Coconut Oil

** Originally posted by maleka **

Hello everyone! It's been a long time since I have posted anything, but I just wanted to share some information I found on the internet that may benefit us. It is about the many benefits of coconut oil. Here is a quote I found from the website http://www.coconutdiet.com. I hope this is helpful to you


"Last year I stared noticing embarrassing little red scaly itchy patches of skin on my hands. I tried just about every lotion for dry and sensitive skin on the Wal-Mart shelf, and got very few results. I made an appointment with my doctor and she diagnosed me with psoriasis. She sent me to the pharmacy with a prescription for a psoriasis cream and a lotion and instructed me to use them everyday. The lotion and cream stung so bad, it was worse then the itchy skin I had been dealing with for months. By this time I had big patches on my hands, few on my neck, and on my eyelids. I was getting desperate because people were starting to notice more and more my red flaky skin. While doing some research for a natural solution on line I stumbled across the Tropical Traditions website, and read about all the health benefits of cold pressed coconut oil. I don't see anything specific about helping to alleviate the dry skin of psoriasis, but it did say it was an excellent skin moisturizer so I thought I would give it a try. The day I got it I started adding a little to just about everything I ate. I ended up incorporating about 2-3 Tablespoons a day into my food, and using it as a moisturizer on my psoriasis patches as well as the rest of my body. In no time at all my psoriasis was gone. As an added bonus my splotchy complexion started evening out, my skin has never been softer, and my body temperature rose to the level where I was no longer cold all the time. I am very grateful I found this perfect oil, it has made a huge difference in the way my skin looks and feels. I am now a lifetime customer of Tropical Traditions Cold Pressed Coconut Oil. Ashley - La Cygne, KS"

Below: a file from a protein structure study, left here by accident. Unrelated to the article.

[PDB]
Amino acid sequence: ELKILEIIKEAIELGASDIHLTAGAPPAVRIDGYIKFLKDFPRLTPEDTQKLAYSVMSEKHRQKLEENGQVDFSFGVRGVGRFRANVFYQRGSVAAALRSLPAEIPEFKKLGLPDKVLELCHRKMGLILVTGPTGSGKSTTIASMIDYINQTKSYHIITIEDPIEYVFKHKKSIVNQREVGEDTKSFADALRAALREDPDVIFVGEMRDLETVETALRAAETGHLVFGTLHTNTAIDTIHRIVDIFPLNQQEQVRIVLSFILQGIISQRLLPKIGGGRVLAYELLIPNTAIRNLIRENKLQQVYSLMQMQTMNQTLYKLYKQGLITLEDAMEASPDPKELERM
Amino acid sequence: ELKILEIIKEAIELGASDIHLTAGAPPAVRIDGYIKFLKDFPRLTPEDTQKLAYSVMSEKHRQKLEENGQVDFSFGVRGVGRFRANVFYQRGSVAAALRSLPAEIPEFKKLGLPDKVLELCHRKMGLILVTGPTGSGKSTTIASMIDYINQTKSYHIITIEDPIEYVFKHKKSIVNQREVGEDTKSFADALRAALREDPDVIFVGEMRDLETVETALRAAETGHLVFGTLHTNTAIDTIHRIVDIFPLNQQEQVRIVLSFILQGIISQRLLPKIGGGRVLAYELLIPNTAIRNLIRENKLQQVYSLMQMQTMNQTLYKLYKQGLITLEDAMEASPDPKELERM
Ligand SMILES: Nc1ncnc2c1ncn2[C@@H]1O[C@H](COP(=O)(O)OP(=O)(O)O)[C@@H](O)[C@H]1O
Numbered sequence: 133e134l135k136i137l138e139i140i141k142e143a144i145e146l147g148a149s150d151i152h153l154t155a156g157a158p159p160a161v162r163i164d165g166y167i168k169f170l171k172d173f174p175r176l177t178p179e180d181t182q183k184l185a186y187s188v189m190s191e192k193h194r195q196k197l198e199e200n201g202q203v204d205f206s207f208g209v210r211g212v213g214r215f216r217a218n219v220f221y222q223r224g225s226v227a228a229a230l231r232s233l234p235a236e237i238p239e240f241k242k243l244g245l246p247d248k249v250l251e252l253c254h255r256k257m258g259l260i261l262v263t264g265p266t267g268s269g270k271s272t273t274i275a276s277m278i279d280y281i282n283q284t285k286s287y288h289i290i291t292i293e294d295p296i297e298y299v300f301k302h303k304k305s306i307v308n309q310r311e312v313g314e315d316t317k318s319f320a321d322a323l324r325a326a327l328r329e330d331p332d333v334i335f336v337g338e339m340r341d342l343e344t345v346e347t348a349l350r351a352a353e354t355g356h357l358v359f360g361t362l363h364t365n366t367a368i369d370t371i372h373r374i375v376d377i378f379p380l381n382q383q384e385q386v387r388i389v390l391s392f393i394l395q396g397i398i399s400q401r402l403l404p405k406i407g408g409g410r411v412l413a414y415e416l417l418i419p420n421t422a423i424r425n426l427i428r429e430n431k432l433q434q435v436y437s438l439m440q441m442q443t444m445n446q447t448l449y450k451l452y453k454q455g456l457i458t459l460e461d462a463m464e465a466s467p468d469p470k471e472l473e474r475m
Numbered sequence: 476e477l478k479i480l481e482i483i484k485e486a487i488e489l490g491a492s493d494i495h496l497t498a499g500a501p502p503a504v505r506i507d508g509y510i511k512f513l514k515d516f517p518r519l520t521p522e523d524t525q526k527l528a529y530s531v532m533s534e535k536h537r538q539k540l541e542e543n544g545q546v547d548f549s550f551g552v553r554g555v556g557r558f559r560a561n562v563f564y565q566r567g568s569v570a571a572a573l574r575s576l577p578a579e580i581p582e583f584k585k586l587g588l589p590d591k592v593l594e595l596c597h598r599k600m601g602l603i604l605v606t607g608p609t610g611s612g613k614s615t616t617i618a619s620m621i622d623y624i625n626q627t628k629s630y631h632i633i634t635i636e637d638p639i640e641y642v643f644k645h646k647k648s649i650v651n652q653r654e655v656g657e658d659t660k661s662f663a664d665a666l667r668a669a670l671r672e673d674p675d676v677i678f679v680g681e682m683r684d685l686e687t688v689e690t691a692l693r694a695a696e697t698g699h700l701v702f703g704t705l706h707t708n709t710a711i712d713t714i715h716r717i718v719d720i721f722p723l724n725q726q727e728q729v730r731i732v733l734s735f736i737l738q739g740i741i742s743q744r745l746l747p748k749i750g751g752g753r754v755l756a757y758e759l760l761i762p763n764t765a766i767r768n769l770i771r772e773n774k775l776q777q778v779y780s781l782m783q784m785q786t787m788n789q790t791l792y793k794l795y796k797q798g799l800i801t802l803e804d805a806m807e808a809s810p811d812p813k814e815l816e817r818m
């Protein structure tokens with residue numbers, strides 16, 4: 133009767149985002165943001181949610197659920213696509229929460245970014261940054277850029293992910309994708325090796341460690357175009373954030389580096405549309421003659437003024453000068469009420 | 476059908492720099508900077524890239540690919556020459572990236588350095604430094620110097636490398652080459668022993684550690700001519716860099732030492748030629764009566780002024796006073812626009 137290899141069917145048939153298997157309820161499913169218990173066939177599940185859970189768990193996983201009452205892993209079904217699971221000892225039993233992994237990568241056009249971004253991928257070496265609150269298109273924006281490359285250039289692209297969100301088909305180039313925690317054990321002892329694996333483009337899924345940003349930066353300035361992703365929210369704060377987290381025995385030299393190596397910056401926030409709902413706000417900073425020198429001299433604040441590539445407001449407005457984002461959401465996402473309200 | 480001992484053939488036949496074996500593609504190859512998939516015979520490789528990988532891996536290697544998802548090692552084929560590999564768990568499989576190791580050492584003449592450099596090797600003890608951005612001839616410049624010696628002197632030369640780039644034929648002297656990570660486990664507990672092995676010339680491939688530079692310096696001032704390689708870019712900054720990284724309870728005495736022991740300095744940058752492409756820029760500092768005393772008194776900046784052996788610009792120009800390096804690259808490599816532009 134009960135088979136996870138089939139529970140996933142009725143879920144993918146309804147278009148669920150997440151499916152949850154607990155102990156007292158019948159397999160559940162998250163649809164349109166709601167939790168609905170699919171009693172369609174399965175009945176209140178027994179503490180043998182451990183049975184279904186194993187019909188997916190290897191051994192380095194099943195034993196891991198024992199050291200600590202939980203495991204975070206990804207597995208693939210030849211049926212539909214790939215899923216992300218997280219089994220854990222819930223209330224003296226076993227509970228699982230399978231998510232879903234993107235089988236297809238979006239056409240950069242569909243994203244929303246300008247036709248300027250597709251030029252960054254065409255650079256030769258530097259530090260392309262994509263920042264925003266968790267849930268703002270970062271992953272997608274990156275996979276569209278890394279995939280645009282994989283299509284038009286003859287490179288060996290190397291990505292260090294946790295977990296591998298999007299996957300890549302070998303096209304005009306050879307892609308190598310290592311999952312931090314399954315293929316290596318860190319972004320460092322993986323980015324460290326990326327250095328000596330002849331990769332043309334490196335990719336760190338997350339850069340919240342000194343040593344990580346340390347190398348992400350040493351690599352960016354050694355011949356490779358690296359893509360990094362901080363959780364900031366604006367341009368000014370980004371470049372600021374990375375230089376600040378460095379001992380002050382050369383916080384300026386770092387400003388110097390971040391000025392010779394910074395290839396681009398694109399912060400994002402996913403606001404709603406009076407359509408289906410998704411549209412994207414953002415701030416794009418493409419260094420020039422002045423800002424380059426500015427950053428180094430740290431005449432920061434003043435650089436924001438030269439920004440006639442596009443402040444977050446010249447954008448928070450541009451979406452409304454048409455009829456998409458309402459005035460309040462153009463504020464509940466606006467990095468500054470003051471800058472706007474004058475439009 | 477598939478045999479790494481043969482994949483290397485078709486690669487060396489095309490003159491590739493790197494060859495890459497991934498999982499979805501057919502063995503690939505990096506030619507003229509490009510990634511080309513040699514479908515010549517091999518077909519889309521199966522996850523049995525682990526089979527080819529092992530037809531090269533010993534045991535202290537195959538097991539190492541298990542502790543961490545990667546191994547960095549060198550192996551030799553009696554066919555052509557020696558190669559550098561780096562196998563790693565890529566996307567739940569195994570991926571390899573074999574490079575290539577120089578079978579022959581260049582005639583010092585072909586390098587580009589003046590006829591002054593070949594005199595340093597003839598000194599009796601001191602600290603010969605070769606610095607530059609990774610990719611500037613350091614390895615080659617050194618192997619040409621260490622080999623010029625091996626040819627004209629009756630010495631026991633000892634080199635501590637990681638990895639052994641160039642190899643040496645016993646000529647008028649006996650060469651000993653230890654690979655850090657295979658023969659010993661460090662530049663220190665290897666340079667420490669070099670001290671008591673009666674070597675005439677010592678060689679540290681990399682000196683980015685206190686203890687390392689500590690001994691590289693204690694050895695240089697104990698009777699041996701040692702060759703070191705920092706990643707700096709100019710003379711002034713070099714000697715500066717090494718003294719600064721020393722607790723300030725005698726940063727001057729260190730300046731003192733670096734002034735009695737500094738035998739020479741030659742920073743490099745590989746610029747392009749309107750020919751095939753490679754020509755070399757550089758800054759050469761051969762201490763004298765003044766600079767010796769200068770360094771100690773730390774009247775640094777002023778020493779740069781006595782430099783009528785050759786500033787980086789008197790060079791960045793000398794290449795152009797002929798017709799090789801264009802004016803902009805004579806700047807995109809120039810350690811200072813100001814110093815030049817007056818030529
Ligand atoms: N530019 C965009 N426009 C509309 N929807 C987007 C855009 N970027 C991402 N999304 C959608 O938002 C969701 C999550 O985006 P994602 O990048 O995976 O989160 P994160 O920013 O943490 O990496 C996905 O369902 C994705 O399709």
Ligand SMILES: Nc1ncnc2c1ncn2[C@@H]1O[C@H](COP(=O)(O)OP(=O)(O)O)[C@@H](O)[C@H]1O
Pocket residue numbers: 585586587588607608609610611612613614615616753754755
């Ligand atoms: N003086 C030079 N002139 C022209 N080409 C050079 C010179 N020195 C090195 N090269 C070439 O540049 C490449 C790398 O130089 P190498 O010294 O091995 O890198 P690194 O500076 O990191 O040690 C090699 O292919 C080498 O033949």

Happy Holidays to you all!
Maleka

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32 replies. Join the discussion

** Originally posted by GitOverIt **

Hi Maleka.... I remember you!
I am a great advocate of coconut oil...in fact I think people are beginning to think "all right already" I have used it for years ever since my cholesterol came down from taking it in tablesppons of it! I alos use it as a body oil....I ran out of it last summer and didn't reorder right away so my cholesterol test came back up....I'm on it again! I have both expeller pressed and reg. a bucket of each!
Arl cleared her feet using the coconut oil....